France welcomed its first gay refugee from Chechnya on Monday on the same day French President Emmanuel Macron pushed Russian leader Vladimir Putin to investigate the treatment and imprisonment of transgender and gay people in Chechnya, which is led by pro-Kremlin leader Ramzan Kadyrov.
Russian leader Vladimir Putin visited Paris to hold talks with his French counterpart Emmanuel Macron and to open a French and Russian exhibition. Mr Macron said that Putin had promised “the whole truth”.
“I had the chance to bring up how important it is for France to respect all people, all minorities and all sensibilities in a civil society,” he said, as Mr Putin stood beside him listening to the translation.
“President Putin told me… he had undertaken several initiatives on the subject of LGBT people in Chechnya with measures aimed at establishing the whole truth about the activities of local authorities,” Macron said at a press conference with Putin after talks in Versailles. “I spelled out France’s expectations very precisely.”
Mr Macron warned Mr Putin that he would monitor further civil rights violations of gay people in Chechnya. The pair of leaders shook hands for the cameras in front of the Palace of Versailles, but their body language appeared tense.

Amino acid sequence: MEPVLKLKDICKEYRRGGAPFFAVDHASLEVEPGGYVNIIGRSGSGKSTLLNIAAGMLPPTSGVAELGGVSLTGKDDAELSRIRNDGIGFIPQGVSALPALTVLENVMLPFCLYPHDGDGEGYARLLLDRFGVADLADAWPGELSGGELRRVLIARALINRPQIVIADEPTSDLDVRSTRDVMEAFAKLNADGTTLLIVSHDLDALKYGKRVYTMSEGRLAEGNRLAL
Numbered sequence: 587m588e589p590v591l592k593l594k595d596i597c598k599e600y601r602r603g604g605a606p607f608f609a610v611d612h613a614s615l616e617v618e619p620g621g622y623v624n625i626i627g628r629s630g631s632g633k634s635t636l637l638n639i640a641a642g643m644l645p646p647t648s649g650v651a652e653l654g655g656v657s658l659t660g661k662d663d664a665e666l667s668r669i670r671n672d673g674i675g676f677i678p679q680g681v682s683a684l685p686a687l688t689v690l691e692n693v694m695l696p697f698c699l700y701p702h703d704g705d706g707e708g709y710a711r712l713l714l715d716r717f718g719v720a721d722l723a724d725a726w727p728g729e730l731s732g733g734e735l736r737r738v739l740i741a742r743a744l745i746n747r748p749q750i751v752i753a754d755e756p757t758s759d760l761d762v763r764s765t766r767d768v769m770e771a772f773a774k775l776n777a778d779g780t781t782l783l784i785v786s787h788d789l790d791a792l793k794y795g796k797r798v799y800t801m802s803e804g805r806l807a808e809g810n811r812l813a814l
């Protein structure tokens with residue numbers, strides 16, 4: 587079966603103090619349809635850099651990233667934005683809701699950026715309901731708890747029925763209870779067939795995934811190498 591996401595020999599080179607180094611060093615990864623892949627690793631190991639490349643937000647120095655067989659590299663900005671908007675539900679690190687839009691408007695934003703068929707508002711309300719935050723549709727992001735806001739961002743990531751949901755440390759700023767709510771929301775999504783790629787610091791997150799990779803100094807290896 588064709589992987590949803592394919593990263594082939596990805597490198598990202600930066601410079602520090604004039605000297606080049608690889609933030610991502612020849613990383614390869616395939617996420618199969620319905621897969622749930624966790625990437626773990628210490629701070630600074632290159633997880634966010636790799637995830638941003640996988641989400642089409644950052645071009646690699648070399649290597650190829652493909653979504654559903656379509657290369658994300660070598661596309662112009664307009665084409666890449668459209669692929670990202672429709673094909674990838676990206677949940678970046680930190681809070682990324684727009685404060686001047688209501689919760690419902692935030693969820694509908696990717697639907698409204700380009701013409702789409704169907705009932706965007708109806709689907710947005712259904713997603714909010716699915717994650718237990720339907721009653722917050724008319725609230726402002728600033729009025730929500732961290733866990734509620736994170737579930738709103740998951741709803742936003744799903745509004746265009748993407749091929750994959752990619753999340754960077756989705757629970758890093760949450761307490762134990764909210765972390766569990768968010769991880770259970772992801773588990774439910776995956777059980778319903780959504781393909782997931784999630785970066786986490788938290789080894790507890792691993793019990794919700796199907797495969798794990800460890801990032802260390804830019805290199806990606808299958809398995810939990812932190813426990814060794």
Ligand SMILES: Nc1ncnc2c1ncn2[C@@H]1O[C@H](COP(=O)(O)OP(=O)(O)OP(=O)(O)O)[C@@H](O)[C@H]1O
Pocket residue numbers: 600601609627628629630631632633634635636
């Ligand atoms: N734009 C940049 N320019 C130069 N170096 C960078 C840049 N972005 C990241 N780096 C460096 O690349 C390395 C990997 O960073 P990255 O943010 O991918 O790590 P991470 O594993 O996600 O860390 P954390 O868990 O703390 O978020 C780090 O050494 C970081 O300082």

It is reported that Russian officials are examining claims that a deadly anti-homosexual purge has been unfolding in Chechnya. Detainees who spoke to the Guardian reported being held in a secret location for days or weeks, beaten and tortured with electric shocks.
After international outcry, Russian President Vladimir Putin has been briefed on the situation by the country’s human rights ombudsman, Tatyana Moskalkova. The Guardian reports there is evidence Russian authorities are investigating the allegations.
Human rights groups have urged Moscow to investigate the reported abuse and alleged deaths of gay men. German Chancellor Angela Merkel confronted Putin about the issue during a recent meeting with him.
Today Human Rights Watch issued details of alleged abuses of gay men at the hands of Chechen authorities. The report says the men who are released face reprisals not only from Chechen security forces, but also from their own families.
Chechnya is an extremely conservative society and homosexuality is considered a “stain” on the family honour.
A spokesperson for Ramzan Kadyrov, Chechnya’s strongman leader, again dismissed reports of the purge by saying that there are no gay people in the quasi-independent state. “You cannot arrest or repress people who just don’t exist in the republic,” he said, according to the New York Times.
Recent protest in Berlin | AFP | 17091
Three French gay rights groups have filed a complaint at the International Criminal Court accusing Chechnya of the genocide of gay people.
They blamed Chechen President Ramzan Kadyrov and state officials for a “wave of persecution”, and cited the case of a teenage male thrown out of a ninth-storey window, allegedly because of his sexuality.
The three French groups want the International Criminal Court in The Hague to start work before Russia withdraws from its jurisdiction in November.
There’s the problem.